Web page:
Utilization of Plant Biomass for the Production of Renewable and Sustainable Biofuels With Zero Carbon Emission

Utilization of Plant Biomass for the Production of Renewable and Sustainable Biofuels With Zero Carbon Emission

Sandip Kumar Singh (CSIR-National Chemical Laboratory Pune, India)
DOI: 10.4018/978-1-7998-2539-5.ch002
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Biofuels for use of transport and industrial purposes have been synthesised on a substantial scale since 1970s, using a set of technologies. Today, biofuels are widely available using sugar, grains, starch-based bioethanol, and oil seeds-based biodiesel. For enhancing the anticipations of product portfolio of plant biomass-to-biofuels formation, it is vital to develop effective conversion technologies for upgradation of abundantly available lignocellulosic biomass resources into value-added co-products particularly biofuels and chemicals. In this chapter, brief synthesis processes and utilization of synthesised biofuels such as methanol, ethanol, butanol, gasoline, diesel, and jet fuel have been outlined for their use in transport sectors either as a neat or blended with gasoline. Biofuels' physico-chemical properties, performances, gas emissions, pros, and cons of various synthesised biofuels' neat and blend are compared with non-renewable fuels. Thenceforth, discussion gradually focuses towards the zero-carbon emission upon the utilization of biofuels derived from plant biomass.
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In the USA and around the globe, the public deliberations have grown increasingly concerned considering the impacts of global warming, calling on academics and industries for working rational to mitigate the effects of greenhouse gas emission (Cole et al., 1997; von Blottnitz & Curran, 2007). Many experts have expressed their anxiety considering the increasing costs and sustainability of fossil feedstocks reserve, with some expert people revealed that the global oil production has already notched, and the global energy consumption rate is constantly increasing (Hajjari et at., 2017; Nejat et al., 2015). Considering the issues for example, environmental and non-renewable energy with fossil feedstocks in particular with crude oil, a global biofuel technology needs to be implemented (Luque et al., 2008). Currently a considerable amount of agricultural edible-food residues such as corn, starch, sugar, and oil has been out-putted for the production of first-generation biofuels in North America, Brazil and Europe (Ruth, 2008). In Asia and other countries, a significant part of the productive land has been utilized for the cultivation of biofuels plants for example, palm oil. In order to fulfil the rising global requirement for the energy as biofuels and to reduce the reliance on fossil feedstocks and to also avoid the straining the global food supply, an integrated biorefinery must be processed to acquire the increasing amounts of renewable, sustainable and eco-friendly biofuels from plant biomass, including agriculture and forest residues, municipal waste, animal residues and dedicated bioenergy plants (Luque et al., 2008; Shabih et al., 2018).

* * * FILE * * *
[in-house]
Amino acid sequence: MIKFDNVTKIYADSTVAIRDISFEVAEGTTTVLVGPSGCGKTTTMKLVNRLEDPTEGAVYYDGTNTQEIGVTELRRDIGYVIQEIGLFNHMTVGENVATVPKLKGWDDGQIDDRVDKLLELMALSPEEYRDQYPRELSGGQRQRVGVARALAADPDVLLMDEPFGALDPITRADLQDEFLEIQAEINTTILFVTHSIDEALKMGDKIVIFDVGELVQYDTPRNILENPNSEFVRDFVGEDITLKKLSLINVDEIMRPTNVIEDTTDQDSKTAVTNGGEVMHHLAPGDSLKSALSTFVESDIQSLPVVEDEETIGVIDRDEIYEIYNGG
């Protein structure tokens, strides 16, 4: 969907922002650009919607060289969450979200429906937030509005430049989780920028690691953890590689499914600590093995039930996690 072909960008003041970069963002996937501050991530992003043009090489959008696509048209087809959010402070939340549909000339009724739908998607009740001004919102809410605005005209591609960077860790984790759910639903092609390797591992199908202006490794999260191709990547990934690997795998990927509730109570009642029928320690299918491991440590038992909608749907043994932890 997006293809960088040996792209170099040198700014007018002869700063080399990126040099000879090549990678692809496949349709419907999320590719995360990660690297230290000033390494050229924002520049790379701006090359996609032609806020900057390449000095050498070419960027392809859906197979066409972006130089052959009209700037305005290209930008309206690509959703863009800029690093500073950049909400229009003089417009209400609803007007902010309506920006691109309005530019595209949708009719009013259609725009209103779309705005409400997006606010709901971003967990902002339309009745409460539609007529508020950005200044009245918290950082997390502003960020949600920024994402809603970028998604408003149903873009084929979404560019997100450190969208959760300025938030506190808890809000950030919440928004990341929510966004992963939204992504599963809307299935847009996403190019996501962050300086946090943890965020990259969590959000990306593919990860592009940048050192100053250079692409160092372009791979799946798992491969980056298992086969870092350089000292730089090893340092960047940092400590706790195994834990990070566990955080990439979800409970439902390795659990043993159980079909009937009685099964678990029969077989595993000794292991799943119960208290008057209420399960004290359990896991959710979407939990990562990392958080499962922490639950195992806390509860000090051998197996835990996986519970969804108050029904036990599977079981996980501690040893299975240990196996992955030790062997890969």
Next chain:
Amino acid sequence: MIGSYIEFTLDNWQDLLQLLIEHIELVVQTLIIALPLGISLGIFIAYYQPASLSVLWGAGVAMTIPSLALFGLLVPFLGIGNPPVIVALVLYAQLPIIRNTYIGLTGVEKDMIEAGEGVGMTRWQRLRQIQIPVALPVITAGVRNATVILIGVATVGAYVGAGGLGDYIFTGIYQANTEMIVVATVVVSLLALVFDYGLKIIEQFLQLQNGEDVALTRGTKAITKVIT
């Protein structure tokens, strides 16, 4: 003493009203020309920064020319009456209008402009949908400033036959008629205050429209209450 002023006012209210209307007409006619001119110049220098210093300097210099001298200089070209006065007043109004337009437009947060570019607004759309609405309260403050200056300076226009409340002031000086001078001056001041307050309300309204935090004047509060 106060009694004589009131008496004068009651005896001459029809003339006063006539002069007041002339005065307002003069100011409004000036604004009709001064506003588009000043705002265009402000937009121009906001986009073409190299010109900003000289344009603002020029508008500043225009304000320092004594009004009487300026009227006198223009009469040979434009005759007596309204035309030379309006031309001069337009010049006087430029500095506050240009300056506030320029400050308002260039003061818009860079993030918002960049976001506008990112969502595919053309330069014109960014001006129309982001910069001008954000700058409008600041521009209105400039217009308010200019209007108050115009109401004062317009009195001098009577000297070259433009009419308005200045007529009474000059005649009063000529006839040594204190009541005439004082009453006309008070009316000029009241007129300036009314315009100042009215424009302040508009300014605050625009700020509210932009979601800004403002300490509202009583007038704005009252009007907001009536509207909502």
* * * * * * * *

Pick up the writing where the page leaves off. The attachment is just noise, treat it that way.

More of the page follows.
For enhancing the anticipations of product portfolio of plant biomass-to-biofuels formation processes, it is vital to develop effective conversion technologies for the valorisation of abundant alternate lignocellulosic biomass into value added co-products. Lignocellulosic biomass is highly recalcitrant structure, assorted class of functional groups and decorated with a set of various linkages (Singh & Dhepe, 2016a, 2018). Plant biomass is mainly consisted of cellulose (homopolymer; C6 sugar), hemicellulose (heteropolymer; C5 and C6 sugars) and lignin (heteropolymer; C6 + C3, C4 or C5; phenolic propenoids) (Mosier et al., 2005; Singh, 2019). Several methods for example, chemical, physical, biological and thermal have been implemented for effective conversion of plant biomass into biofuels (Huber et al., 2006). Among all, the enzymatic process is more effective and remarkable in terms of selectivity for desire products, green process mostly avoid using the harmful chemicals, safe to handle compared to toxic, flammable and corrosive chemicals, etc. (Payne et al., 2015; Straathof, 2014). The current technologies used to produce the biofuels from edible sources are bioethanol and that is used in spark ignition engines (Alonso et al., 2010; Serrano-Ruiz et al., 2012). Bioethanol has good properties as a fuel, good for ignition engines, eco-friendly and easily producible at large scales (Balat, 2011; Vohra et al., 2014). Biofuels derived from plant biomass are called as a carbon neutral fuel or zero carbon emission (McMillan, 1997). Zero carbon emission means that the carbon dioxide emitted during the utilization of fuel, for example, in transport or electricity generation, etc. is reabsorbed by the plants during the photosynthesis (McMillan, 1997).

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